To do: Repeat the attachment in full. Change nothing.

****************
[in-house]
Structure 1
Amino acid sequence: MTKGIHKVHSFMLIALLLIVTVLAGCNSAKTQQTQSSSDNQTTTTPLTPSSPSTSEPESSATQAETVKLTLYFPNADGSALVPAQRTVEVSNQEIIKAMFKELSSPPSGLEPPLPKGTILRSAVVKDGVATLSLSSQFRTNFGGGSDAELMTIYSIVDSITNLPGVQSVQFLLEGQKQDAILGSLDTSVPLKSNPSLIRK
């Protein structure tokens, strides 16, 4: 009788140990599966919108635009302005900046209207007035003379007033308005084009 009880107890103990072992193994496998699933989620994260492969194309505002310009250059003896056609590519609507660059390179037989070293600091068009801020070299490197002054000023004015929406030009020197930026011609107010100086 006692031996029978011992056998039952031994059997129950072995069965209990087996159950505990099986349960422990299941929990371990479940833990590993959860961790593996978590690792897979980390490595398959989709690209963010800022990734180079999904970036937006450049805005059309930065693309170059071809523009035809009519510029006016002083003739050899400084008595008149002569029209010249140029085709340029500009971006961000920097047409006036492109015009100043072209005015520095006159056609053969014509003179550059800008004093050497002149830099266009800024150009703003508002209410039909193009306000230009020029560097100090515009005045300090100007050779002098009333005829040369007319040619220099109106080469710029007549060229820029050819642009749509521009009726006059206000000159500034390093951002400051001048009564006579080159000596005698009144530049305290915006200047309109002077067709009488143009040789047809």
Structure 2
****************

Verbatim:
[in-house]
Structure 1
Amino acid sequence: MTKGIHKVHSFMLIALLLIVTVLAGCNSAKTQQTQSSSDNQTTTTPLTPSSPSTSEPESSATQAETVKLTLYFPNADGSALVPAQRTVEVSNQEIIKAMFKELSSPPSGLEPPLPKGTILRSAVVKDGVATLSLSSQFRTNFGGGSDAELMTIYSIVDSITNLPGVQSVQFLLEGQKQDAILGSLDTSVPLKSNPSLIRK
């Protein structure tokens, strides 16, 4: 009788140990599966919108635009302005900046209207007035003379007033308005084009 009880107890103990072992193994496998699933989620994260492969194309505002310009250059003896056609590519609507660059390179037989070293600091068009801020070299490197002054000023004015929406030009020197930026011609107010100086 006692031996029978011992056998039952031994059997129950072995069965209990087996159950505990099986349960422990299941929990371990479940833990590993959860961790593996978590690792897979980390490595398959989709690209963010800022990734180079999904970036937006450049805005059309930065693309170059071809523009035809009519510029006016002083003739050899400084008595008149002569029209010249140029085709340029500009971006961000920097047409006036492109015009100043072209005015520095006159056609053969014509003179550059800008004093050497002149830099266009800024150009703003508002209410039909193009306000230009020029560097100090515009005045300090100007050779002098009333005829040369007319040619220099109106080469710029007549060229820029050819642009749509521009009726006059206000000159500034390093951002400051001048009564006579080159000596005698009144530049305290915006200047309109002077067709009488143009040789047809």
Structure 2